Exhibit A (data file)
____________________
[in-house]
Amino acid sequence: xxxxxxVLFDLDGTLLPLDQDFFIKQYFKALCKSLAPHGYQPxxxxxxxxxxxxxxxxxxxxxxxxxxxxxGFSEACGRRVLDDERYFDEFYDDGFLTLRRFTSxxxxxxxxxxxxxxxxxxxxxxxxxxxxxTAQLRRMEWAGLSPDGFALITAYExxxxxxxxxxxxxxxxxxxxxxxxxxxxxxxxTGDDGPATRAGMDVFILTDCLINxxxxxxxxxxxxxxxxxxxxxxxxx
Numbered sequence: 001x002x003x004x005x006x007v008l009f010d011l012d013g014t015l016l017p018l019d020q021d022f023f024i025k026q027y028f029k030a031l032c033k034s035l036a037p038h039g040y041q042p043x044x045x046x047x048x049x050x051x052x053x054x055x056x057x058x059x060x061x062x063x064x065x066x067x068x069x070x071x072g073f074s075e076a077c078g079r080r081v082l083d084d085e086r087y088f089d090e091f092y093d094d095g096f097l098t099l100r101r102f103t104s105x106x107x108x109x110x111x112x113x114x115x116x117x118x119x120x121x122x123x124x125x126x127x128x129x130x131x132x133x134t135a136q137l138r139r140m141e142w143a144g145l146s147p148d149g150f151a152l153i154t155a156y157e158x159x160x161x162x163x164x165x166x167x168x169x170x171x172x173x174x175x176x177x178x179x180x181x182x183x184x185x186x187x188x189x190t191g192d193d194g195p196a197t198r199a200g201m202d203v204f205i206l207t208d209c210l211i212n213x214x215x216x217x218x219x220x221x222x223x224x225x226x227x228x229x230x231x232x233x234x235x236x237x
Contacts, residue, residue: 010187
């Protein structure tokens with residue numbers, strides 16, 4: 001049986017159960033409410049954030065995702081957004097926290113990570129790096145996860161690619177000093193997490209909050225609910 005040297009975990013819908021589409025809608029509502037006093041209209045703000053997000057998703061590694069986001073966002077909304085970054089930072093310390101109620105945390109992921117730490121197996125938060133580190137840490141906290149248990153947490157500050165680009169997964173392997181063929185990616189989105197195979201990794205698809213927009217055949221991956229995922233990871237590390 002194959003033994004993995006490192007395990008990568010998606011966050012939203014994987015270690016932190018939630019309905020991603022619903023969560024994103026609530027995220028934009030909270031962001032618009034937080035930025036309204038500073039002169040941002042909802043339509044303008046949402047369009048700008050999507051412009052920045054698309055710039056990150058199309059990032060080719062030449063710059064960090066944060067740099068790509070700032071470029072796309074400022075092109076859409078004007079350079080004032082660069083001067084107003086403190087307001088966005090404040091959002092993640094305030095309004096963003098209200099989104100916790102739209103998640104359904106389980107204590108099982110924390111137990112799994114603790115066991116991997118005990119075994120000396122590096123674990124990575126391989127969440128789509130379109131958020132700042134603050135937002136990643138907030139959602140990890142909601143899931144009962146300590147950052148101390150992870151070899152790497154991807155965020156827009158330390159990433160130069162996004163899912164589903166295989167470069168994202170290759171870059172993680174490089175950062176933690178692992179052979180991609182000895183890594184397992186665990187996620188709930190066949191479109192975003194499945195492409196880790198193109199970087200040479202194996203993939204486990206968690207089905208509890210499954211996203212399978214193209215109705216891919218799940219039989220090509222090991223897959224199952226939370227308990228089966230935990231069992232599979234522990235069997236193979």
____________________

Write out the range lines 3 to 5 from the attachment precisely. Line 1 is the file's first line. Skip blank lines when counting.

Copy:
Numbered sequence: 001x002x003x004x005x006x007v008l009f010d011l012d013g014t015l016l017p018l019d020q021d022f023f024i025k026q027y028f029k030a031l032c033k034s035l036a037p038h039g040y041q042p043x044x045x046x047x048x049x050x051x052x053x054x055x056x057x058x059x060x061x062x063x064x065x066x067x068x069x070x071x072g073f074s075e076a077c078g079r080r081v082l083d084d085e086r087y088f089d090e091f092y093d094d095g096f097l098t099l100r101r102f103t104s105x106x107x108x109x110x111x112x113x114x115x116x117x118x119x120x121x122x123x124x125x126x127x128x129x130x131x132x133x134t135a136q137l138r139r140m141e142w143a144g145l146s147p148d149g150f151a152l153i154t155a156y157e158x159x160x161x162x163x164x165x166x167x168x169x170x171x172x173x174x175x176x177x178x179x180x181x182x183x184x185x186x187x188x189x190t191g192d193d194g195p196a197t198r199a200g201m202d203v204f205i206l207t208d209c210l211i212n213x214x215x216x217x218x219x220x221x222x223x224x225x226x227x228x229x230x231x232x233x234x235x236x237x
Contacts, residue, residue: 010187
């Protein structure tokens with residue numbers, strides 16, 4: 001049986017159960033409410049954030065995702081957004097926290113990570129790096145996860161690619177000093193997490209909050225609910 005040297009975990013819908021589409025809608029509502037006093041209209045703000053997000057998703061590694069986001073966002077909304085970054089930072093310390101109620105945390109992921117730490121197996125938060133580190137840490141906290149248990153947490157500050165680009169997964173392997181063929185990616189989105197195979201990794205698809213927009217055949221991956229995922233990871237590390 002194959003033994004993995006490192007395990008990568010998606011966050012939203014994987015270690016932190018939630019309905020991603022619903023969560024994103026609530027995220028934009030909270031962001032618009034937080035930025036309204038500073039002169040941002042909802043339509044303008046949402047369009048700008050999507051412009052920045054698309055710039056990150058199309059990032060080719062030449063710059064960090066944060067740099068790509070700032071470029072796309074400022075092109076859409078004007079350079080004032082660069083001067084107003086403190087307001088966005090404040091959002092993640094305030095309004096963003098209200099989104100916790102739209103998640104359904106389980107204590108099982110924390111137990112799994114603790115066991116991997118005990119075994120000396122590096123674990124990575126391989127969440128789509130379109131958020132700042134603050135937002136990643138907030139959602140990890142909601143899931144009962146300590147950052148101390150992870151070899152790497154991807155965020156827009158330390159990433160130069162996004163899912164589903166295989167470069168994202170290759171870059172993680174490089175950062176933690178692992179052979180991609182000895183890594184397992186665990187996620188709930190066949191479109192975003194499945195492409196880790198193109199970087200040479202194996203993939204486990206968690207089905208509890210499954211996203212399978214193209215109705216891919218799940219039989220090509222090991223897959224199952226939370227308990228089966230935990231069992232599979234522990235069997236193979």